That is why I was really pleased to hear recently, that the National Child Protection Authority (NCPA) has proposed to ban these ‘cram-fests’ for children under the age of 17. By taking on the ‘exam culture’ in our schools, the NCPA has certainly put a foot in the right direction and as a parent with school going children, it’s certainly better late than never.
But, I wonder if it’s easier proposed than actually implemented, given the current education system and mind-set of most parents.
For one thing, exams are part of our national psyche. So deeply ingrained are they, that many a good citizen out there thinks they are absolutely essential. Otherwise how will you know if your child is better than your neighbour’s, right?
The intense competition starts even before our children learn to hold a pencil and continue all through the best years of their lives.
A big part of the problem is the school curriculum itself. Looking at my 12 year old’s text books, I often wonder whether the whole point of the lesson is to make it as complicated as possible or help children find joy in learning. Even a subject like religion that should ideally be simple and meaningful to children, is tough! Therefore, it becomes just another subject children have to pass.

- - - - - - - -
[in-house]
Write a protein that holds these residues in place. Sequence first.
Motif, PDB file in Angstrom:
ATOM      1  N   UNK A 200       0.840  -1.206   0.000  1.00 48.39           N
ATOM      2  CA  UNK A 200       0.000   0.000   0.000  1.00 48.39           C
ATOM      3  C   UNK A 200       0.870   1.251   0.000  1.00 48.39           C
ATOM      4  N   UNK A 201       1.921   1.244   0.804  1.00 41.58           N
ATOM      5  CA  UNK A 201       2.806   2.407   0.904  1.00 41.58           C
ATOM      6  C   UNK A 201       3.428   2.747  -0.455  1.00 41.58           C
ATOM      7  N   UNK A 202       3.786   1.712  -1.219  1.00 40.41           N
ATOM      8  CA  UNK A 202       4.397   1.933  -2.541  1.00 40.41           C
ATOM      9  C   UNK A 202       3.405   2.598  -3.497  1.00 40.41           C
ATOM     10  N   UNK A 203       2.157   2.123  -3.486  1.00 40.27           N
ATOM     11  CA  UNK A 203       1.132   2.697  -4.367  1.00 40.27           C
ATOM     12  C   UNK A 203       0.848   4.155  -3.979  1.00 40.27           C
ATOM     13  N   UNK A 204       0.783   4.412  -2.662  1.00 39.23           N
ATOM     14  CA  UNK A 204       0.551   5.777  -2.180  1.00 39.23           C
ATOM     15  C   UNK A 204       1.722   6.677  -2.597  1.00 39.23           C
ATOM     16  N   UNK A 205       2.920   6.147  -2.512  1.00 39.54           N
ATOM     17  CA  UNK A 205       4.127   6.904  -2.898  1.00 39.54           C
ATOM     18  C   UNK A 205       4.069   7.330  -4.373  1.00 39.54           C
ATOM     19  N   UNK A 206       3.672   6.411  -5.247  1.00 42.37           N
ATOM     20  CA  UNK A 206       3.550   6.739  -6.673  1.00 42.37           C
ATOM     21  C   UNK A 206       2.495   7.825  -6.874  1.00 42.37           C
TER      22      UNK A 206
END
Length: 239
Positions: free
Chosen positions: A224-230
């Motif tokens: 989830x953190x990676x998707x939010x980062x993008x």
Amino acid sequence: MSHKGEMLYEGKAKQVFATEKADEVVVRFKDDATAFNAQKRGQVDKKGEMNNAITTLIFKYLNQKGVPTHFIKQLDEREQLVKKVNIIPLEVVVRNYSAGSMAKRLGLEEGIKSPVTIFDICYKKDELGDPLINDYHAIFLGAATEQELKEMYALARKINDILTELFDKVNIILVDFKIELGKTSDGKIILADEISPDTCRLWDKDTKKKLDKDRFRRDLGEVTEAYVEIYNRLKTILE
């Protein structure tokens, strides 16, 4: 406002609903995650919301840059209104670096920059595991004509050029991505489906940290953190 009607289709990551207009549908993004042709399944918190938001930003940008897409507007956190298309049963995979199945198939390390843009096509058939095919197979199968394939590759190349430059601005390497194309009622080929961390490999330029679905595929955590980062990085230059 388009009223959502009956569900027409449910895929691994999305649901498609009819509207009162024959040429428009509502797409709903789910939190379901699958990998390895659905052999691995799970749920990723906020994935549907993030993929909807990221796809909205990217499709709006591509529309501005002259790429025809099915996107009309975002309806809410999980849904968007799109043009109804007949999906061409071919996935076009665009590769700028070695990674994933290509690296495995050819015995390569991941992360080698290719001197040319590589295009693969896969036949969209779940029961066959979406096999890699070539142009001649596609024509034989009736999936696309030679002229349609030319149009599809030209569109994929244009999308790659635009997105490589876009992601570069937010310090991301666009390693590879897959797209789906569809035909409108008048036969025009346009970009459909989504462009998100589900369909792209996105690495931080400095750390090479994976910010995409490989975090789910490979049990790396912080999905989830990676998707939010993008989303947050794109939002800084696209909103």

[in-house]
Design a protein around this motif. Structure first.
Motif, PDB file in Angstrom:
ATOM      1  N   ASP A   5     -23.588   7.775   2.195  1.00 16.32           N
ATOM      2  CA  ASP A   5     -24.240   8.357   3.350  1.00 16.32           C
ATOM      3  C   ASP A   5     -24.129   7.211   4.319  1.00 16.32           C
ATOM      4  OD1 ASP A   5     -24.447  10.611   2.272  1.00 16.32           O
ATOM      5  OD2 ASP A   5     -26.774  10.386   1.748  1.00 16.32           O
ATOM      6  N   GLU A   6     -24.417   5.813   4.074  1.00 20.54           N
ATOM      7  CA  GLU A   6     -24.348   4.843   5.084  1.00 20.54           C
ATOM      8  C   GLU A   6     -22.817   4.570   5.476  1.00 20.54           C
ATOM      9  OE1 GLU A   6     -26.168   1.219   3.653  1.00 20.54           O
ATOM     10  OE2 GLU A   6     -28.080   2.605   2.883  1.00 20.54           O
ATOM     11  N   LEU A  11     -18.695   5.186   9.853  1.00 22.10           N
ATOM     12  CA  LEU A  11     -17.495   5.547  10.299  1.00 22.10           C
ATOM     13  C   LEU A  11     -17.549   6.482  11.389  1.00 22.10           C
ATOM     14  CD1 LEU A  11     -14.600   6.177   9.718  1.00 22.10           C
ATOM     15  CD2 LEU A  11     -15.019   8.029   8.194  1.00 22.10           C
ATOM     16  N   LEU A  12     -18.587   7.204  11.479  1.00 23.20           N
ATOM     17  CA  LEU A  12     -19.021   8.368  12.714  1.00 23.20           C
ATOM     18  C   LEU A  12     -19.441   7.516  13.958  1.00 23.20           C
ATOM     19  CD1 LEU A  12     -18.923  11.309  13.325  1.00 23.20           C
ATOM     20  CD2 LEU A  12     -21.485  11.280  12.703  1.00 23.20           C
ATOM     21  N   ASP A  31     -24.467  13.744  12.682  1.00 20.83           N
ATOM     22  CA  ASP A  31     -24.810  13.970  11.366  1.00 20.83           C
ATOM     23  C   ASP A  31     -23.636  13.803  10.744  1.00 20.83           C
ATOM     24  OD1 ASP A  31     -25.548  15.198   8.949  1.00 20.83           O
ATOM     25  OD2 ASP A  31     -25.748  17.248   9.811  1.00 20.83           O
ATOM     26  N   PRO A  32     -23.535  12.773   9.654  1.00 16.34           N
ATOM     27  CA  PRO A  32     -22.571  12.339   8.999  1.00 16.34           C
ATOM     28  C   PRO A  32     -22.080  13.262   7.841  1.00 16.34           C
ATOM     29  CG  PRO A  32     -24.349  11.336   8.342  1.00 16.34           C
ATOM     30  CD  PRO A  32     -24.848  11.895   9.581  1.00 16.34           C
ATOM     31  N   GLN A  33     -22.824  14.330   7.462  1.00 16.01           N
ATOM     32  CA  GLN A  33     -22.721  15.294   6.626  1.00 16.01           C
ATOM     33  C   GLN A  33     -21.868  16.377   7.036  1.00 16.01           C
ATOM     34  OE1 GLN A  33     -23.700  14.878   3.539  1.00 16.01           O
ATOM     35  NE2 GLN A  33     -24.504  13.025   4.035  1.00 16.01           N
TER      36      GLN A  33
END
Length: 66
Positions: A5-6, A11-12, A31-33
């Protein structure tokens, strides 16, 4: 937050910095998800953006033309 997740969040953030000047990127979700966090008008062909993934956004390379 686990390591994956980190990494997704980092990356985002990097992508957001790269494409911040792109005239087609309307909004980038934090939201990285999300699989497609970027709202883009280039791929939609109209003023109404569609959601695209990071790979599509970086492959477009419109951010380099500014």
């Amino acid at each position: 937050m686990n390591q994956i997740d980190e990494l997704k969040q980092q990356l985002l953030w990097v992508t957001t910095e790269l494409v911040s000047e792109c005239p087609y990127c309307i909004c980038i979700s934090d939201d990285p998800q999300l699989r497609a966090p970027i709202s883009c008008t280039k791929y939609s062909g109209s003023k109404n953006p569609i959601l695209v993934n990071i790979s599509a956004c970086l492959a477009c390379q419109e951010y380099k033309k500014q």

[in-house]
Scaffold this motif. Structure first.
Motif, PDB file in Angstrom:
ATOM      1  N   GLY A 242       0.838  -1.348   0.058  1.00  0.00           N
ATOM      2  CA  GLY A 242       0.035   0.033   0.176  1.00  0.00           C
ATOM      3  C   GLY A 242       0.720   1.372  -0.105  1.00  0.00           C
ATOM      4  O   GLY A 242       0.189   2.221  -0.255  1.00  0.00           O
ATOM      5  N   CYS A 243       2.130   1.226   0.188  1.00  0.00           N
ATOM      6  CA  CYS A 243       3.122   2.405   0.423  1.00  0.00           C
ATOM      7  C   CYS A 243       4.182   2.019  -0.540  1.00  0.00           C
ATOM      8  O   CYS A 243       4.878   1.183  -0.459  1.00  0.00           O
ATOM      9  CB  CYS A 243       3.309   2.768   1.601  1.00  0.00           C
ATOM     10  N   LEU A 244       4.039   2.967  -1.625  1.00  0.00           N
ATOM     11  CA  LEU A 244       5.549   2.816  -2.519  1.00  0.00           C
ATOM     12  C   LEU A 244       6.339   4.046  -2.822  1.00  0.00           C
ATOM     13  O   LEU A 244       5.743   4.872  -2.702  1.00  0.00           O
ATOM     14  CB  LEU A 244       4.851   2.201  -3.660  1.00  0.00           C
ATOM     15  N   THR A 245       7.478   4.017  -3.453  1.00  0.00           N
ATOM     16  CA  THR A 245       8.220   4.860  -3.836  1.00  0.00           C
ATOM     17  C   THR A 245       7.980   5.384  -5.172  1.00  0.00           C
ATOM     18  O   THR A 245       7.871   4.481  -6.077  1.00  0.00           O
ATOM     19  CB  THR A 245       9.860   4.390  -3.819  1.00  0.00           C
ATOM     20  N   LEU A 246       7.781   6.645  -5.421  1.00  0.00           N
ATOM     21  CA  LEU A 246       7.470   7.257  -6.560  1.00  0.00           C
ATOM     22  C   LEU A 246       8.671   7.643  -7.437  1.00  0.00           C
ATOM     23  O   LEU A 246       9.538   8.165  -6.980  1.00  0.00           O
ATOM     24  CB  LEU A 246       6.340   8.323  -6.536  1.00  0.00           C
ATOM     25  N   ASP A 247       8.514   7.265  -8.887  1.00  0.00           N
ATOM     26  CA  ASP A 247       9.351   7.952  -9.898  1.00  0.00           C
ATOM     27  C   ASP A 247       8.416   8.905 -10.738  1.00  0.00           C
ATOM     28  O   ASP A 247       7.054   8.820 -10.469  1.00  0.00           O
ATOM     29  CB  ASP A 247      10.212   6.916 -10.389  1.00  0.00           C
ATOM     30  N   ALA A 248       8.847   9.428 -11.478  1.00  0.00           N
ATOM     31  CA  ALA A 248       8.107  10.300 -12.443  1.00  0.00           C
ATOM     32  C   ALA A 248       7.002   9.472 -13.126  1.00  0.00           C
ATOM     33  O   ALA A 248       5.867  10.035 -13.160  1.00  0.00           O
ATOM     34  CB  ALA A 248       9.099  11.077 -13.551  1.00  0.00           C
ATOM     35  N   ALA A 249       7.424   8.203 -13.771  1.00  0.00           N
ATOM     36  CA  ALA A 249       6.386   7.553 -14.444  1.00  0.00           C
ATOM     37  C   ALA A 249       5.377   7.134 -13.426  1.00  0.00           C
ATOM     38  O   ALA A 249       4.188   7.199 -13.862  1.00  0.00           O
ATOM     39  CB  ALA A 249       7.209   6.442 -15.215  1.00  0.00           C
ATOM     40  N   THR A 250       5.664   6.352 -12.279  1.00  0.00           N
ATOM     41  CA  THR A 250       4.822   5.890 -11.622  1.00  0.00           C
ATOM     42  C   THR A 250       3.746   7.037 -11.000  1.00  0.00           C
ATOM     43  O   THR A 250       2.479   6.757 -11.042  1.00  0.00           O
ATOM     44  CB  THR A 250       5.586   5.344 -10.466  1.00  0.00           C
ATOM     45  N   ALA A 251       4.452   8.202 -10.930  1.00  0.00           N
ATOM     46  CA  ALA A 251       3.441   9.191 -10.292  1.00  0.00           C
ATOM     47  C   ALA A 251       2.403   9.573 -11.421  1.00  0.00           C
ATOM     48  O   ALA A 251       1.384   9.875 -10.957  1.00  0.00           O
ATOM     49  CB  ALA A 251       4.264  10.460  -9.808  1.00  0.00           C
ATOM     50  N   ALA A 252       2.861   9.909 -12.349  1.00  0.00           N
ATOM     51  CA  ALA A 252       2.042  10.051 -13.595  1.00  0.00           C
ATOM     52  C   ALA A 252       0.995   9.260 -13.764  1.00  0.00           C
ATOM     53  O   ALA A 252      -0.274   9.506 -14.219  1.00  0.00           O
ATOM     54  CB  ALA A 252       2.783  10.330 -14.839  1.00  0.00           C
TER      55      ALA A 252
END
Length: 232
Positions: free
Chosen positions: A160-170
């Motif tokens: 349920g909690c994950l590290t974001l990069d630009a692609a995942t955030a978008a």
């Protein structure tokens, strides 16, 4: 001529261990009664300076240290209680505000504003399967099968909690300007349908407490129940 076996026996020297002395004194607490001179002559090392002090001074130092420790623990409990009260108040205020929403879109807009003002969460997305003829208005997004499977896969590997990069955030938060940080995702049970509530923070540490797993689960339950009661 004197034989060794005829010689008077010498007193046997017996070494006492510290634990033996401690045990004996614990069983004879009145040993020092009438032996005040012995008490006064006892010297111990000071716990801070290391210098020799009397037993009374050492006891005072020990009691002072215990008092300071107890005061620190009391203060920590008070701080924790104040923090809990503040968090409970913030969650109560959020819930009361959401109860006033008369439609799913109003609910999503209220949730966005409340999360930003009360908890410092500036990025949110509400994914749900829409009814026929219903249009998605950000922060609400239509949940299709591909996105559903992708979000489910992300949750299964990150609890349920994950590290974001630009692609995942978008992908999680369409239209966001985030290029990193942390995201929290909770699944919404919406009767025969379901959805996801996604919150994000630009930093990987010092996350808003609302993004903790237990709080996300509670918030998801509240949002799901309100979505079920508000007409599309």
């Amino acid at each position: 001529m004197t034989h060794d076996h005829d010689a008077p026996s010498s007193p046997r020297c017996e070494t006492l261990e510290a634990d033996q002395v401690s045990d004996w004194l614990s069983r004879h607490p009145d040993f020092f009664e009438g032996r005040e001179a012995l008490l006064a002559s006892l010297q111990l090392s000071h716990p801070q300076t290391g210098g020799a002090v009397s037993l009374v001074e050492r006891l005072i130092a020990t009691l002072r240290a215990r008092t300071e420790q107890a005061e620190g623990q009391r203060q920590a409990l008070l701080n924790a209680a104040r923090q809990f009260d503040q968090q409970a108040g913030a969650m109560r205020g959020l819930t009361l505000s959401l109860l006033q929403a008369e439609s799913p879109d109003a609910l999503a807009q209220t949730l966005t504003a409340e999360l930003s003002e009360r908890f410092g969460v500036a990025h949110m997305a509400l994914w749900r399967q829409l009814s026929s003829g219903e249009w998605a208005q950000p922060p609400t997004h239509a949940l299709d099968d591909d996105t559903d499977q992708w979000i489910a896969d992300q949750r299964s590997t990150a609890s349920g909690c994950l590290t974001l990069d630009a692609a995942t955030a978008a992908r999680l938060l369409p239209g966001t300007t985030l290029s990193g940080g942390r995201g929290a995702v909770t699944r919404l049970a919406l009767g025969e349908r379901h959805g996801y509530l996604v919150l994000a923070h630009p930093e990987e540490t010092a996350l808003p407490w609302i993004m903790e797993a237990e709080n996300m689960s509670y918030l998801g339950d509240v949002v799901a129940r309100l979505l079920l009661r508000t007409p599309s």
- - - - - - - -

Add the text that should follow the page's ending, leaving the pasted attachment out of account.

So, even after the sun has set and the night sky lights up, you will see our children, some still in their school uniforms, being escorted home from some ‘panthiya’ or the other. The whole point of education seems to be passing an exam and trying to make head or tail of complicated syllabi, not understanding the subject. Forget reading books for pleasure and climbing trees. Our children are pushed to outdo each other and strive to be at the top of the class at any cost!
A child is not allowed to develop at his or her own pace or indeed, think for themselves. Instead, schools go into factory-mode where children are merely part of an assembly line. And parents simply join in the “fun”, driving their offspring to be better than the rest; to somehow live up to their own ambitions. For at the end of the day, it all boils down to marks scored and prizes won. Not lessons taken to heart that would last a lifetime, or friendships cultivated. It is little wonder that our children have lost sight of humanity and instead, see only the importance in materialistic achievements.